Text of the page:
I Have Your Heart

We're proud to present the short animation, 'I Have Your Heart', a collaboration between New York illustrator Molly Crabapple, international rockstar Kim Boekbinder, and Melbourne animator Jim Batt. The film is the story of a good girl with a bad heart and the boy whose death will save her life. Told through darkly whimsical stopmotion, the story was inspired by 'The Organ Donor's March', Boekbinder's rollicking, accordion sing‐a‐long song about love, loss, and open‐heart surgery. A Q&A with Molly, Kim and Jim follows below — Eds.

I Have Your Heart

Web: ihaveyourheart.com.

Animator: Jim Batt (Twitter)

Illustrator: Molly Crabapple (Twitter)

Musician: Kim Boekbinder (Twitter)

Download The Organ Donor's March

BB: Beautiful, heartwarming, magical… and a hell of a lot of work. Tell us about the process.

MK&J: Making this film was a long and detailed process. The characters and scene elements were hand drawn by Molly Crabapple, then scanned and photoshopped into layouts for moveable puppets, props, and scenery. These were printed on a thick paper stock, cut out by hand, and crafted into freestanding characters and sets. This paper world was then brought to life frame by frame with stopmotion animation by Jim Batt, using a trusty Canon 7D and Dragonframe software. Kim Boekbinder created an extended version of her song 'The Organ Donor's March' to score the finished film.

BB: How was the drawing for this animation different than the usual comic or illustration process?

Molly: I always thought comics were the most brutal, tedious thing you could do with a crowquill pen, but I was wrong. Animators, hats off, you are the martyrs of this business. Even doing the relatively coddled job of designing the characters/sets was a tremendous amount of work that involved drawing objects and characters from every possible angle, then breaking them into pieces. Luckily, Kim and Jim are good whip crackers and art directors.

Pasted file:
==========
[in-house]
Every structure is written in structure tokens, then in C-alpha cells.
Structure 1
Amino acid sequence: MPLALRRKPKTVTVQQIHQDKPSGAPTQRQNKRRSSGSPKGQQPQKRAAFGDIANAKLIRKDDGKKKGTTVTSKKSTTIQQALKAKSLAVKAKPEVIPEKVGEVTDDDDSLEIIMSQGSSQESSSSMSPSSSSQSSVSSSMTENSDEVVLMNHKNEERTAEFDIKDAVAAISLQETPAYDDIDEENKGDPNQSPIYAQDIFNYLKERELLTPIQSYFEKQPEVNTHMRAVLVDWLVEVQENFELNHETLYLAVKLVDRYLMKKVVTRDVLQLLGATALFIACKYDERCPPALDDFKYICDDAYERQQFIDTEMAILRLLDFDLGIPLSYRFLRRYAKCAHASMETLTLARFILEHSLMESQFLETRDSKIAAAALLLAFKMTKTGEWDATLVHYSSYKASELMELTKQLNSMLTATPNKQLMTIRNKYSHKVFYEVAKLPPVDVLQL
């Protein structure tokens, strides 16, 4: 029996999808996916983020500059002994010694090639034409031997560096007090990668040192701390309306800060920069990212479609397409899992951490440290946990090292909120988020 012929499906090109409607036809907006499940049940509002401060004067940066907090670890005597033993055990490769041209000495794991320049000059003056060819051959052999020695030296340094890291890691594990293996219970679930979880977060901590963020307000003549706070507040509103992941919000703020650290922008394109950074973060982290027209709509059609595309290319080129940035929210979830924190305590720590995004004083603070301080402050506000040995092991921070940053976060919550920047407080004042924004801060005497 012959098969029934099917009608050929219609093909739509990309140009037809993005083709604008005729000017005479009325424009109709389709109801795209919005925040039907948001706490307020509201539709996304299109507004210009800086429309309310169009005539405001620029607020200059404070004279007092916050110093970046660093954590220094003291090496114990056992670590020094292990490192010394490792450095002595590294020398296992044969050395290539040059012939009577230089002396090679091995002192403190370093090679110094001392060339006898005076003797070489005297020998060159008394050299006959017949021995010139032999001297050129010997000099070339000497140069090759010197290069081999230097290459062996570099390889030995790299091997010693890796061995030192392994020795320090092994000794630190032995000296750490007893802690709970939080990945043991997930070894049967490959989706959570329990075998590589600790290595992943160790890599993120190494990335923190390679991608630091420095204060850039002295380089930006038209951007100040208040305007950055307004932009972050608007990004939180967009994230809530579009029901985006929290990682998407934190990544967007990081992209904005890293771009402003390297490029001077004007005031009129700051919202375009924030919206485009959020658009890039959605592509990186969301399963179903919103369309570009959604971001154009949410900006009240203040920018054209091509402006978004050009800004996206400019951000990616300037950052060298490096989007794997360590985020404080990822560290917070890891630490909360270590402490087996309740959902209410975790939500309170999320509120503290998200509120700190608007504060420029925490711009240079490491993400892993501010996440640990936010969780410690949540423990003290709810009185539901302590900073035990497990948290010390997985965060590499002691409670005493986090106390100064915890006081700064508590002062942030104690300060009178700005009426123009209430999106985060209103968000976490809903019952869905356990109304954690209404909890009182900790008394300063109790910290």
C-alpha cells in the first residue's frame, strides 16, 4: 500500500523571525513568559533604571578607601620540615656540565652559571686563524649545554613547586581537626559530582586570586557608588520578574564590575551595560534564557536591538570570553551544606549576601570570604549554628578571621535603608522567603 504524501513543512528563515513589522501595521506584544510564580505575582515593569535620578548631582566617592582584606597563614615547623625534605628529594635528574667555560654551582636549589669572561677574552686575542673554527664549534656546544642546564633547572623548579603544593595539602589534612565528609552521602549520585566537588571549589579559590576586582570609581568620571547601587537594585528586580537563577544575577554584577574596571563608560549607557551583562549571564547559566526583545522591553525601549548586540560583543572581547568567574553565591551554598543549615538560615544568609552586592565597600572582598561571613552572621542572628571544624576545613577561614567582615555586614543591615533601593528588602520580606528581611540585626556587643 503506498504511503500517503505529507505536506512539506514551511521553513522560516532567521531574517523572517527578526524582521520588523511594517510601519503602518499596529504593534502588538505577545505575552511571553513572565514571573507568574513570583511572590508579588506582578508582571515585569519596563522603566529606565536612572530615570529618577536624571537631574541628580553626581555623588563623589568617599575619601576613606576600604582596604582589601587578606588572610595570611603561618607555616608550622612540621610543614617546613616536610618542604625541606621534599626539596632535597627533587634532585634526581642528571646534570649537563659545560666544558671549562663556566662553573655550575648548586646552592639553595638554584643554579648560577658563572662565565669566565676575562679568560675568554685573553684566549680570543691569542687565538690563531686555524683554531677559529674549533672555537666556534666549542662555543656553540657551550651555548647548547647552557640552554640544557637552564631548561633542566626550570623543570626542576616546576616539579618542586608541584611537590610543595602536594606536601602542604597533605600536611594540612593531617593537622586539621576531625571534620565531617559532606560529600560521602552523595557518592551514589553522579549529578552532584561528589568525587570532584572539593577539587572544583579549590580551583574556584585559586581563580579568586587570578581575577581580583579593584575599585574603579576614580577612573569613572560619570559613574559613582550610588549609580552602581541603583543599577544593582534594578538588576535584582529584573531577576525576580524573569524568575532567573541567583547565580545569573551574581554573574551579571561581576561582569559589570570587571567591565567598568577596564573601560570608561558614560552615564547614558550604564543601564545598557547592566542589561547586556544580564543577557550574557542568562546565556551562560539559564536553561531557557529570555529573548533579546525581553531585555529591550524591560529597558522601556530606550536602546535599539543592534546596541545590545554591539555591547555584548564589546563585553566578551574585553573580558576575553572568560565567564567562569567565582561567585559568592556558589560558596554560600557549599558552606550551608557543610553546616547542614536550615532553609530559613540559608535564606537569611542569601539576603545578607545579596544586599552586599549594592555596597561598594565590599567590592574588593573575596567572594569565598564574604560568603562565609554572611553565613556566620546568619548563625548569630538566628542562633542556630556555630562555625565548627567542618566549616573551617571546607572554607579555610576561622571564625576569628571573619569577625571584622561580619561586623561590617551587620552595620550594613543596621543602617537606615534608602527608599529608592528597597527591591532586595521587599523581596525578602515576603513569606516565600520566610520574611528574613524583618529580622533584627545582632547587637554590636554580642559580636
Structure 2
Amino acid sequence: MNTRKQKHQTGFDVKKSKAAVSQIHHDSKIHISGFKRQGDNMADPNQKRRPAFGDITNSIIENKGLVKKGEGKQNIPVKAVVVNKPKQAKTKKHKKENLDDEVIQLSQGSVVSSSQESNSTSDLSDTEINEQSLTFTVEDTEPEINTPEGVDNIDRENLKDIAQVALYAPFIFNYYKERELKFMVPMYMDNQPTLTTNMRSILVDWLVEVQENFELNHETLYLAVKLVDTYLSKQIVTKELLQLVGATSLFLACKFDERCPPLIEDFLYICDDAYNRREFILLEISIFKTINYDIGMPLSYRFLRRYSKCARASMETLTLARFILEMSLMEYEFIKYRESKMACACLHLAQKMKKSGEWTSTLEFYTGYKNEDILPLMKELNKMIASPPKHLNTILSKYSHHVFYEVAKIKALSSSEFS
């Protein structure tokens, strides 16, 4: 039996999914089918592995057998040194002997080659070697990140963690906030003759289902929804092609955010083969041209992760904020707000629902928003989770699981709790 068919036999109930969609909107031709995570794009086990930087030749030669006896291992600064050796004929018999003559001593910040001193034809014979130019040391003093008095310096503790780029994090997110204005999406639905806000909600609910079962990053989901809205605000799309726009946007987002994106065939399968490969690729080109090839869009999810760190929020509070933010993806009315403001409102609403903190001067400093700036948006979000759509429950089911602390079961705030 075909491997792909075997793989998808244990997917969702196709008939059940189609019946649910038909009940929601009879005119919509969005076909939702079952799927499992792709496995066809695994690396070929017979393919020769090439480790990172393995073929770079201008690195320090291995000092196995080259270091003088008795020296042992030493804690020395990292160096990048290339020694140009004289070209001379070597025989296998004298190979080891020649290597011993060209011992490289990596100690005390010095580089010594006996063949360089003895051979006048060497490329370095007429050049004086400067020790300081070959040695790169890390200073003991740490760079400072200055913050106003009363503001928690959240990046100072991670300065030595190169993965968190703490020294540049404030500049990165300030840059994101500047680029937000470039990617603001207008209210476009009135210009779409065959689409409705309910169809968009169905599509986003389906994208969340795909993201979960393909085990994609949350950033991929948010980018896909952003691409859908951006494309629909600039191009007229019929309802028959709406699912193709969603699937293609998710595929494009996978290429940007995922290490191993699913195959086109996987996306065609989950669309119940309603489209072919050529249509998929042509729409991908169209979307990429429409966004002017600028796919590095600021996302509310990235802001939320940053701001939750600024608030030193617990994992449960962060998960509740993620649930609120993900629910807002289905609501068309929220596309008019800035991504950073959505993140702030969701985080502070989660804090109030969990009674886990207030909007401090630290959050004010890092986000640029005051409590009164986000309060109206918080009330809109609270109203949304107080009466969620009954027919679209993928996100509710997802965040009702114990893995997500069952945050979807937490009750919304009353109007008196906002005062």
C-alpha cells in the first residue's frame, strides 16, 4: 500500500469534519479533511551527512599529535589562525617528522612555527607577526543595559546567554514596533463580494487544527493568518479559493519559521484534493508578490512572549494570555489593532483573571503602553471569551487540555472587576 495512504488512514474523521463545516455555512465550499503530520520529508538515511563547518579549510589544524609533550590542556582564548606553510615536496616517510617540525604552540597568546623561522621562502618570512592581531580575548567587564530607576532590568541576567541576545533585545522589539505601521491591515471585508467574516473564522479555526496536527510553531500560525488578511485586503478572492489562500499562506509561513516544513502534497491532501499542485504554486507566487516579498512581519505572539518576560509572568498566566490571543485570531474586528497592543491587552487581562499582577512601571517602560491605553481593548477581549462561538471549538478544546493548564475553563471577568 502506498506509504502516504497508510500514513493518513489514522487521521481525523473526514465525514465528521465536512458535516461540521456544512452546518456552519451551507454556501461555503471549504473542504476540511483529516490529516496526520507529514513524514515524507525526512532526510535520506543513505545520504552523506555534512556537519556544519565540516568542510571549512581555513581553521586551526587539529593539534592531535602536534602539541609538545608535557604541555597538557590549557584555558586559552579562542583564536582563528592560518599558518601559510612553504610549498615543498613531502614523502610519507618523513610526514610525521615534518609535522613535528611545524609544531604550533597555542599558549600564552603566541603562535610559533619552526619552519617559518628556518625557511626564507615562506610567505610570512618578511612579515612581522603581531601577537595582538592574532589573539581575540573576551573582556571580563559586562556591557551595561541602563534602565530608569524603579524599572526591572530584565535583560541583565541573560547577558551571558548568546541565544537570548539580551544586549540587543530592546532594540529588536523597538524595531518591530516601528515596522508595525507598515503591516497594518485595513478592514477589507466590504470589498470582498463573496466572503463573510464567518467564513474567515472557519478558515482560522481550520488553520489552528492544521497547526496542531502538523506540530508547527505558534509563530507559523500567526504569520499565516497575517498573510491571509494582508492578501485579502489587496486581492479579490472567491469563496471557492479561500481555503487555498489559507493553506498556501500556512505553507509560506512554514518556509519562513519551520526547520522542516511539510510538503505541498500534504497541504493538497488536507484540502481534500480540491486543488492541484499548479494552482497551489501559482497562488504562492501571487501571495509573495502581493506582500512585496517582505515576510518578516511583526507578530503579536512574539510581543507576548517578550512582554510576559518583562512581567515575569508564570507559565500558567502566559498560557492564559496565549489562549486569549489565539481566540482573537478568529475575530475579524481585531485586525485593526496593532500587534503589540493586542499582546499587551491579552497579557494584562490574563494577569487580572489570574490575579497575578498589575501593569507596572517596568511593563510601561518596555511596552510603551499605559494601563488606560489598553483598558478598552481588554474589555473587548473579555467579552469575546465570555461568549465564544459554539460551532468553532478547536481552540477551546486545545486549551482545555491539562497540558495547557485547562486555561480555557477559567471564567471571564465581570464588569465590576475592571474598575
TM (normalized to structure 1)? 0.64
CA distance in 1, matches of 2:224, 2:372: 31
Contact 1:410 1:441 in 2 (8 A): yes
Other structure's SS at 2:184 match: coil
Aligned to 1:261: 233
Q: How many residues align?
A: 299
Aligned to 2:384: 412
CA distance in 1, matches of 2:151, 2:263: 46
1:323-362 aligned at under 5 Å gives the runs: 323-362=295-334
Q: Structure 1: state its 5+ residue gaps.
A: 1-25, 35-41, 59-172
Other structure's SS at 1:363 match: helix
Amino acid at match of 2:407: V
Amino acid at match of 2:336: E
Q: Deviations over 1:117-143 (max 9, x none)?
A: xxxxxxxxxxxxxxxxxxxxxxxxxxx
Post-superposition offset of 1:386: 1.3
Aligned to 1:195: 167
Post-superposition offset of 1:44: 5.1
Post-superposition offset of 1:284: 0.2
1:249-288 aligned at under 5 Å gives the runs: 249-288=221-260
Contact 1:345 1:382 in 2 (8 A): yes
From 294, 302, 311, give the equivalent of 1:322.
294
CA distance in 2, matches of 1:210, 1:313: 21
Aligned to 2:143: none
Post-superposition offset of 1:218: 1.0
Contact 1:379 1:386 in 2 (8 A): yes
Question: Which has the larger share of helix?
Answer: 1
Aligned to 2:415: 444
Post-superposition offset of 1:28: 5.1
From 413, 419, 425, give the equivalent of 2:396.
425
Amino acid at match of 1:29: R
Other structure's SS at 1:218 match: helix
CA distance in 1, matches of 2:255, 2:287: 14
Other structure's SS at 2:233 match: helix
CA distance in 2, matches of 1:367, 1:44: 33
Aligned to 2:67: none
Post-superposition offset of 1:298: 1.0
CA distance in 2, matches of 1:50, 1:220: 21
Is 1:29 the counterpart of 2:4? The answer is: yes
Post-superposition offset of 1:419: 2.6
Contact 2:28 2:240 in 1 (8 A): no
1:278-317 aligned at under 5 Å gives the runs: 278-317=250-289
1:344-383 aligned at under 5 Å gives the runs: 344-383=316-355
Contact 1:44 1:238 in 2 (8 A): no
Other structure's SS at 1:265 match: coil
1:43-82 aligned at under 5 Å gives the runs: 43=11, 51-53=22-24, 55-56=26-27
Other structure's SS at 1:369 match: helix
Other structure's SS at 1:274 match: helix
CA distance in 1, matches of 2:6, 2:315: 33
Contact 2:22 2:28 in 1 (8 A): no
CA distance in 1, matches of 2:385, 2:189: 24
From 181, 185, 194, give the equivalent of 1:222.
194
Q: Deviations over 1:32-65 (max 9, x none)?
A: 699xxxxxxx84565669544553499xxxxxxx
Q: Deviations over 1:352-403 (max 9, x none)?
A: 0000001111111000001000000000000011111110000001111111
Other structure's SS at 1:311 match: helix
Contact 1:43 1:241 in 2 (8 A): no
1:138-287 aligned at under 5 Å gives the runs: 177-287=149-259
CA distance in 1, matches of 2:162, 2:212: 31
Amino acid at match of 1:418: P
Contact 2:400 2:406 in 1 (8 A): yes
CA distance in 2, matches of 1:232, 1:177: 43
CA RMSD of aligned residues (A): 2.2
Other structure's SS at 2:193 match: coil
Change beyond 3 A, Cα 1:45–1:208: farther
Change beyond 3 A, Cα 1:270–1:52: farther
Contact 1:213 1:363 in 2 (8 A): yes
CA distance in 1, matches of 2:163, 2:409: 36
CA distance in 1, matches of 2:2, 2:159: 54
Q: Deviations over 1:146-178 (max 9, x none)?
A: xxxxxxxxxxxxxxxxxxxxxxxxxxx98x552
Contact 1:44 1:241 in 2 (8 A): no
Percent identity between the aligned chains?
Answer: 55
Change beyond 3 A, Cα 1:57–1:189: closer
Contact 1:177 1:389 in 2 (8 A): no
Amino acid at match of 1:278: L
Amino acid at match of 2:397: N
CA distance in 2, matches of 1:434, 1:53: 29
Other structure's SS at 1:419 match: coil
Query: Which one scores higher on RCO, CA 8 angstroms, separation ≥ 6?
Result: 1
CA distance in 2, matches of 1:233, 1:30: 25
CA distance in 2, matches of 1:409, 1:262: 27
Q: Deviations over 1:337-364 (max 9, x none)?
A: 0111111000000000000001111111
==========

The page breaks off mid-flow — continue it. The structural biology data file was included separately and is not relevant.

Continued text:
BB: Where did the inspiration for the song come from?

Kim: The idea for the song came from a story on "This American Life" about a teenage girl who received a donor heart from a boy who was killed in a gang fight. I was struck by how this young girl felt so much pressure to have a really good life ‐ that in order to deserve another person's heart, she had to be good enough for two people.
In my version of the story there is a little bit of romance between the girl and the boy that she has never met. She feels his heart beat everyday and thinks of him as a separate entity inside herself.

BB: Why did you decide to use stopmotion animation instead of, say, computer animation in the same style?

Jim:: We decided at the outset to avoid software and go with a more hands on animation style. There's something really beautiful and tactile about physically crafting the sets and characters, the way the light catches the paper. You get wonderful moments of serendipity, and everything sort of shimmers with potential life in stop‐motion, whereas in the computer it's easy to get bogged down in twiddling settings and keyframes forever.

BB: What was the most challenging thing in the production? Who are your animation influences?

Jim:: Animation is an art that requires constant problem solving and invention, which makes it both exhausting and very rewarding. It also takes the patience of a zen monk, as any frustration only slows the process down even further. The paper puppet animations of Jamie Caliri were a huge influence on this particular project. His animated title sequence for the Lemony Snicket film was one of my original inspirations, along with Tim Hope's insanely awesome short film 'I Am The Wolfman'.